Ted Debiak was drafted into the US Army after graduating from Penn State. He served as a combat medic from 1966 to 1968. When Ted arrived in Vietnam at Cam Ranh Bay he was attached to the 4th Infantry Division. “It was hot,” he recalls. “So very hot.”
Combat medics were individually targeted by the Vietnamese army, but on Christmas Day 1967 Ted was wounded by a blanket artillery attack in which he lost his left arm
“I thought I would be useless after losing my arm,” Ted recalls, feeling great pity for himself. But he eventually realized that so many other soldiers had it far worse than he (which he saw firsthand as a medic), and he learned that there was help for him from the Veterans Administration. In fact, after returning home, Ted went on to earn PhD in chemistry and taught at Allegheny Community College for many years.
But one thing always haunted Ted about his wounding; he was never quite sure if the artillery fire was from the enemy or the American army itself. He often wondered if the truth mattered, and after painstakingly researching the battle through army documents, he eventually learned the truth—and it did matter.
ABOUT THIS INTERVIEW
This interview was recorded July 29, 2016 in Bethel Park, Pennsylvania. Interviewer: Todd DePastino. Special Thanks: Ted Debiak, Todd DePastino, Jenn Morgan, Christ United Methodist Church, Bethel Park. A production of the Veteran Voices of Pittsburgh Oral History Initiative. Executive Producer: Kevin Farkas. Videography: Kevin Farkas. Editor: Jon Stile. ©Veteran Voices of Pittsburgh Oral History Initiative/The Social Voice Project, Inc. All Rights Reserved.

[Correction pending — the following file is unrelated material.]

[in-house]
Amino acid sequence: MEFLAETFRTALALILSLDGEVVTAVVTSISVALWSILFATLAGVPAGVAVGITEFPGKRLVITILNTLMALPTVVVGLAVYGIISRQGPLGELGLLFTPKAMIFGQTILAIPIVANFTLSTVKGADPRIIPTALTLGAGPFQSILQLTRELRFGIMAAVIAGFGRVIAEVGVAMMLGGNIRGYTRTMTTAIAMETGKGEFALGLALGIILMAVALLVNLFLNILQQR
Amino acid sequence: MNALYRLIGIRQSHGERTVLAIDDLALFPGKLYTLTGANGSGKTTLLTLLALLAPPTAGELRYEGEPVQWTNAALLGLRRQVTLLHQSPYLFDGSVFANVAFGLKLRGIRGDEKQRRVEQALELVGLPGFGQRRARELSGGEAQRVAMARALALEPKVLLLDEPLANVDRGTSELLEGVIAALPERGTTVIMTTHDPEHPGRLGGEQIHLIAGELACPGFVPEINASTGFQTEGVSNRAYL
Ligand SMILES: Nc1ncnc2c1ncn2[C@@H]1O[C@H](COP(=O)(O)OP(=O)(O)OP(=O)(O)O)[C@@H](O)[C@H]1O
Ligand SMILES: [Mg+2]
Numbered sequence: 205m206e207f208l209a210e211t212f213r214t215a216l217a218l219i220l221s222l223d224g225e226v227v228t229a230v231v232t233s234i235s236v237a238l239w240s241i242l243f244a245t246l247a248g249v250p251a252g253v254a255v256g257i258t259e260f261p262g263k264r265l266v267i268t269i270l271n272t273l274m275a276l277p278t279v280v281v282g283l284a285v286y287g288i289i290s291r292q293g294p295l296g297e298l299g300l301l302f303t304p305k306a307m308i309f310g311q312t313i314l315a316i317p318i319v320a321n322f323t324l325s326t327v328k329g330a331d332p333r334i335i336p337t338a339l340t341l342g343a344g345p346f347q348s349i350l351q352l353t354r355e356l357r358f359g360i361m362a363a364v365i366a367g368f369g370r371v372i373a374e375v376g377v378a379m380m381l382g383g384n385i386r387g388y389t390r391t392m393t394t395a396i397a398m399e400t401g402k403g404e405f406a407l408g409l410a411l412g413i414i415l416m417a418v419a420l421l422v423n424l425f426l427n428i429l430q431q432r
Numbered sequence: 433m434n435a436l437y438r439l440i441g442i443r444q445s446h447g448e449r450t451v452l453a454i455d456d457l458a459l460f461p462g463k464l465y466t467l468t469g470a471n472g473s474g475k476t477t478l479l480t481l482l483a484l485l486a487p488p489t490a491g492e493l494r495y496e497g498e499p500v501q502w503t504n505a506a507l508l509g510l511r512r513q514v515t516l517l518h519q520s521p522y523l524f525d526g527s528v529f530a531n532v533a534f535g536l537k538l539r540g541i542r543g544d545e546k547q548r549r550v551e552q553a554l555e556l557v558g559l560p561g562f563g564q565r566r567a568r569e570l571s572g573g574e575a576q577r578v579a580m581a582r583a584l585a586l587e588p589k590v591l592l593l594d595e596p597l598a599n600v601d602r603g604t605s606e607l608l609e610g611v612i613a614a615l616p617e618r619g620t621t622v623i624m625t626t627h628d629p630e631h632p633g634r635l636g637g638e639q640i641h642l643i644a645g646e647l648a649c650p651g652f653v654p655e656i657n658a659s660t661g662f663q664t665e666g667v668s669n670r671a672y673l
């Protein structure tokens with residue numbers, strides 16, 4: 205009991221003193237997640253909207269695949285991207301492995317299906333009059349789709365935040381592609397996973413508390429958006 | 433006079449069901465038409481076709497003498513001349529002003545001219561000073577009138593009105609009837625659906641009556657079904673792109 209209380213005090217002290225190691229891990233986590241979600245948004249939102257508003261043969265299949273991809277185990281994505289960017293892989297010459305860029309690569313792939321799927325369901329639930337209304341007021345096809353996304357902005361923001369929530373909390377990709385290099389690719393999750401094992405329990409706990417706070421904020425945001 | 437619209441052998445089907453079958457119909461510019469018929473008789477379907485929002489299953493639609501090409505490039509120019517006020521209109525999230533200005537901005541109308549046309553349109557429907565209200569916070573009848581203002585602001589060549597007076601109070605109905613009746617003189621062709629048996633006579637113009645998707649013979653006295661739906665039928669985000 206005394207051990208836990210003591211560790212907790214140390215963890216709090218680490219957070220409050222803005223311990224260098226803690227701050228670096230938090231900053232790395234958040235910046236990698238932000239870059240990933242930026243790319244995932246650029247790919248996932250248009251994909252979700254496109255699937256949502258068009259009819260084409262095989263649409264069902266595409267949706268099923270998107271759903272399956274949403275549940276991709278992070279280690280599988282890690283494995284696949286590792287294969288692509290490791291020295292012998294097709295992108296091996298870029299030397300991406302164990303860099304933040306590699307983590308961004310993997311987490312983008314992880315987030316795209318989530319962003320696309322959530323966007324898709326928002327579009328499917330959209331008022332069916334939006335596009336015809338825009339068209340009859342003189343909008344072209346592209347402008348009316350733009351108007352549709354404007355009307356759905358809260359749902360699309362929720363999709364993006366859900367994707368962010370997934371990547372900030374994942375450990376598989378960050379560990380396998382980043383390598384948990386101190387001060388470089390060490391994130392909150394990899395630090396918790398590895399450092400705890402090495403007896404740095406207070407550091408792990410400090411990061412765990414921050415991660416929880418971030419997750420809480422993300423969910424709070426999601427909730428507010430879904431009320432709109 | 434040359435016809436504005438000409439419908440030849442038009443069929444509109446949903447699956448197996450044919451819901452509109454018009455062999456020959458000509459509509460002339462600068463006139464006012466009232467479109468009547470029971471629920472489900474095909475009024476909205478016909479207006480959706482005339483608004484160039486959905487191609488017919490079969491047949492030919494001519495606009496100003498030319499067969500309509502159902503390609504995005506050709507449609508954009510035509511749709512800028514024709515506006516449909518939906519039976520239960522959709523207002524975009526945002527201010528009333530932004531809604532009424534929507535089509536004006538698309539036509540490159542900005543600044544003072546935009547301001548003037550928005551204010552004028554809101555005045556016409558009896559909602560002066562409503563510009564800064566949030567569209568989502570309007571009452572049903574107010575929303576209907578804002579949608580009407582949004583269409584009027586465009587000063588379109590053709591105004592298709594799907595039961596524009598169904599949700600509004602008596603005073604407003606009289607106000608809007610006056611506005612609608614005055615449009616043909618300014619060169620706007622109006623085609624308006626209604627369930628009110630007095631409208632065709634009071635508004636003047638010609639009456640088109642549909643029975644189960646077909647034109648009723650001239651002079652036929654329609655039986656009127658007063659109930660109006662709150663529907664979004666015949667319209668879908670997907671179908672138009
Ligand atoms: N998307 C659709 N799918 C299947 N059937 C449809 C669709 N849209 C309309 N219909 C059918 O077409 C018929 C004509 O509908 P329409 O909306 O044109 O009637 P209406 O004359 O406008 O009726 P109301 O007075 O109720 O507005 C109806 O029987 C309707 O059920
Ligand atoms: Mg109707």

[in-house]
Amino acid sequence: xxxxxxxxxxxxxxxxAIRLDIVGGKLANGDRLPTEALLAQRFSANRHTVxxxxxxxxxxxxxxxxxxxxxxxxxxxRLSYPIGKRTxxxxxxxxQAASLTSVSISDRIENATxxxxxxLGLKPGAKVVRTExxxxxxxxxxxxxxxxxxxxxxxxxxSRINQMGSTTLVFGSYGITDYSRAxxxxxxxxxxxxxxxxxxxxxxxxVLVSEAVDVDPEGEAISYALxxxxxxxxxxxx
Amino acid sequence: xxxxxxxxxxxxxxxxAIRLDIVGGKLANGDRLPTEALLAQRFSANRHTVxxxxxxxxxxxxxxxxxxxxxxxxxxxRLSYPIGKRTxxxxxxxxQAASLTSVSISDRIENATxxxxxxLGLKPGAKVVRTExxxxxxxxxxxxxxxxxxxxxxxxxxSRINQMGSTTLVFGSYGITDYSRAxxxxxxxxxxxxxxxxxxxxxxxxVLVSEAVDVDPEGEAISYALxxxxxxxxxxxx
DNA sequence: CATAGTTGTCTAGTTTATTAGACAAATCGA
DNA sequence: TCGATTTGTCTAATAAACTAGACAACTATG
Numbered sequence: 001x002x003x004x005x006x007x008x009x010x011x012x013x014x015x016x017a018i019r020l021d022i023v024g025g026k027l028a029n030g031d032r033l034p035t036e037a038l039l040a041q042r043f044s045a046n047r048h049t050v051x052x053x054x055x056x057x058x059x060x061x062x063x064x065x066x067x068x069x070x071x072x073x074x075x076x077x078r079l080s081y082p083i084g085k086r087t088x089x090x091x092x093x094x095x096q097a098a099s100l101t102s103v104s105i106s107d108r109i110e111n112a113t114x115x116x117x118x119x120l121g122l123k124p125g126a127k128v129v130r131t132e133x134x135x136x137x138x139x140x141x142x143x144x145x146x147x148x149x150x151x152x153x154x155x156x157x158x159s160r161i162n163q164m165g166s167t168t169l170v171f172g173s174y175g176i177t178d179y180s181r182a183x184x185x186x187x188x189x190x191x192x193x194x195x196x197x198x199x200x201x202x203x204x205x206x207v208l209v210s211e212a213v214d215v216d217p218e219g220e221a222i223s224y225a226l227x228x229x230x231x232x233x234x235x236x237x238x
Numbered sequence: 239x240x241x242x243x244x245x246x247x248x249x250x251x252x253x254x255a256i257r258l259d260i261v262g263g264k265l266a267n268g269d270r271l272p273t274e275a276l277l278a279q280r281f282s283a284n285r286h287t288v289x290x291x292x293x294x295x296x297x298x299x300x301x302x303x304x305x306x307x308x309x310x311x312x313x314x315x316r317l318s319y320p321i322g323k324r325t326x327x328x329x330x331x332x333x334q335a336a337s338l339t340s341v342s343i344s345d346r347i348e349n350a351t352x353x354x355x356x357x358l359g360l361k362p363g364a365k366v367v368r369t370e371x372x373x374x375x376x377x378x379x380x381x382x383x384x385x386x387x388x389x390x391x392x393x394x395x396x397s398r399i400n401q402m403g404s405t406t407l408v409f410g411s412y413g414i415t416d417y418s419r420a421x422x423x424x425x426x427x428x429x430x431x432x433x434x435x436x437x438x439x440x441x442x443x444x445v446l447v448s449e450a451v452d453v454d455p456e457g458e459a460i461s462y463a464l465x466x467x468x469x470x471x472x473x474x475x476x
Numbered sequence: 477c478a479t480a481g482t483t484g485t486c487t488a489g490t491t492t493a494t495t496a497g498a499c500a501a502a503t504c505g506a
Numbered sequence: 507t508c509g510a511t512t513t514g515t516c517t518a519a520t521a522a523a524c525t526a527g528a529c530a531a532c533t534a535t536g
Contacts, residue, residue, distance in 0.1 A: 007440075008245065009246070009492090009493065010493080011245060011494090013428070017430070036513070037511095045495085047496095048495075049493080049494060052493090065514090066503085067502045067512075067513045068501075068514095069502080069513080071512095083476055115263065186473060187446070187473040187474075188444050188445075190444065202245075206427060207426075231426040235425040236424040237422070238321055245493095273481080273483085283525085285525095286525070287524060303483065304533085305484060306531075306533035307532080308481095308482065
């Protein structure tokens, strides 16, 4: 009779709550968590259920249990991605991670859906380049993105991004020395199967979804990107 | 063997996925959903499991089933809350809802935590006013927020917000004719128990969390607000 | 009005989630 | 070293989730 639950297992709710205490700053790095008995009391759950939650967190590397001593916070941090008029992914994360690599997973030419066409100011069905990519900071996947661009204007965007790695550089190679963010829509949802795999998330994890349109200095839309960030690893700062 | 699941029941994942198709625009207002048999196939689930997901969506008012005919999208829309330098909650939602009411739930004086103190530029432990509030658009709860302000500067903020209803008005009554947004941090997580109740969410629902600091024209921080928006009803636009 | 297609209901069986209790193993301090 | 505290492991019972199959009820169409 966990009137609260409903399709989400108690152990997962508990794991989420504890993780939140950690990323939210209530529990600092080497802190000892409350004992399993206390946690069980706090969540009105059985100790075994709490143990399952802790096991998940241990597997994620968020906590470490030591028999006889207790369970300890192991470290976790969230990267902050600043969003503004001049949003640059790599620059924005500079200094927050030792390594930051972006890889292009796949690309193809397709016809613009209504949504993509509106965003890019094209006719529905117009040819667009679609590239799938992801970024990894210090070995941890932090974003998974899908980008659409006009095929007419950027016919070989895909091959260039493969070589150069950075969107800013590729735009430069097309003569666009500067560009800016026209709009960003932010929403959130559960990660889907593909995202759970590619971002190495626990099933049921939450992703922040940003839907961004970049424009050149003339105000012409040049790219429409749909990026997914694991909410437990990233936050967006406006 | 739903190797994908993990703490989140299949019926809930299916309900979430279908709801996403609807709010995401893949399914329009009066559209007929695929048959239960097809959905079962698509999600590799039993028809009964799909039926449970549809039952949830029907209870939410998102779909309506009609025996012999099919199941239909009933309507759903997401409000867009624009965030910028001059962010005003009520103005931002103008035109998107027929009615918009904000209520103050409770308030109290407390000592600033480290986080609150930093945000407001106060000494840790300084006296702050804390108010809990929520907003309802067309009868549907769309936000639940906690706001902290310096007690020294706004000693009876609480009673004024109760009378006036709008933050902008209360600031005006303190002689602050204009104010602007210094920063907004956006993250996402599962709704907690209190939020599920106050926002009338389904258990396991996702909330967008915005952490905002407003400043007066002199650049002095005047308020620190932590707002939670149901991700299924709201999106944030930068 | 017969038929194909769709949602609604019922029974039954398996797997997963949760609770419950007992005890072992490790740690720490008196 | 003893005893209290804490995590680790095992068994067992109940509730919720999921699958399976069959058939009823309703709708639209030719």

SUPPORT LOCAL HISTORY
The Social Voice Project has been a leader in capturing, preserving, and sharing the experiences and stories of veterans with a Western Pennsylvania connection–from all eras and branches of service. Please help us continue this important public education program for today, tomorrow, and future generations. Show your support by making a financial donation, underwriting the project, or advertising your business or service with our program. Donate now or contact executive producer Kevin Farkas at 412-423-8034 or Kevin@TheSocialVoiceProject.org.
You must be logged in to post a comment.